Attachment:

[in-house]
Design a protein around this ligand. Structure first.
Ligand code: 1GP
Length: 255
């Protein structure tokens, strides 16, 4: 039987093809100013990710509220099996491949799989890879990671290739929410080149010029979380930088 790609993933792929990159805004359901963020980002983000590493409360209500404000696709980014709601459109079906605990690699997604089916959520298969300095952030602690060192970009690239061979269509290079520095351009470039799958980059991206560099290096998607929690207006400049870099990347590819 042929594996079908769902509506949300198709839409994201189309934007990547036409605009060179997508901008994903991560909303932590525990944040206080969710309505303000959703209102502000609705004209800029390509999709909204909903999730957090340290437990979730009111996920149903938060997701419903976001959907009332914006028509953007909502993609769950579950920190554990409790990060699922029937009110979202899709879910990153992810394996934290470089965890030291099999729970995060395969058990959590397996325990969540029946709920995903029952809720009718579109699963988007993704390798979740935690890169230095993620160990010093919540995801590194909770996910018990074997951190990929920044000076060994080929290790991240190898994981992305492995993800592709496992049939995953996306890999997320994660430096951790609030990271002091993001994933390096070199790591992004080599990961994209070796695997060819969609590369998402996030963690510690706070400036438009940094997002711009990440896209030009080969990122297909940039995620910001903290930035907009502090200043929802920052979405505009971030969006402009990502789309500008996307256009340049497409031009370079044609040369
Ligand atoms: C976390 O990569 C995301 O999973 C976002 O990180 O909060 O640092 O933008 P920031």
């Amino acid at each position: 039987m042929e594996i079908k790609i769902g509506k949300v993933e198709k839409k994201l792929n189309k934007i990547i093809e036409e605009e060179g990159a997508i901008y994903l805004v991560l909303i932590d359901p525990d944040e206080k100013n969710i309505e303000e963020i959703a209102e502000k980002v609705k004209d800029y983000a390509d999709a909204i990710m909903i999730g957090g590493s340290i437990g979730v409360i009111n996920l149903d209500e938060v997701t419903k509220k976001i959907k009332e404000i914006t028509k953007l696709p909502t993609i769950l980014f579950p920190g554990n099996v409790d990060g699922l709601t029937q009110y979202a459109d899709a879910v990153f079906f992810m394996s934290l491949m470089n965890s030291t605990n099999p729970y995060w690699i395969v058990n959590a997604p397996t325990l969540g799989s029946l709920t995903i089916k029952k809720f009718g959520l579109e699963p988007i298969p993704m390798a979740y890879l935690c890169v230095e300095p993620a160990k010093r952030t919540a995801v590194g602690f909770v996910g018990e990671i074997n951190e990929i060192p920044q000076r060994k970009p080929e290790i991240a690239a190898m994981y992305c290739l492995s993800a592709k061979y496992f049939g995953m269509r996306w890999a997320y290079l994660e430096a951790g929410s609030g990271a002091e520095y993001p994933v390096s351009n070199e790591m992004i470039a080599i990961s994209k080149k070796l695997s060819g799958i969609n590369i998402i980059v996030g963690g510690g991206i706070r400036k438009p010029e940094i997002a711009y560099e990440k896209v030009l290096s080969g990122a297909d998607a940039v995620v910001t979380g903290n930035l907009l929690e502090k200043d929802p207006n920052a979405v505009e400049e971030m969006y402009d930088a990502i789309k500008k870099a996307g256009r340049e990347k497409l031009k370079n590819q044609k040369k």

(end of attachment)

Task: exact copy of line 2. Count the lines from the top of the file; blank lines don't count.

Design a protein around this ligand. Structure first.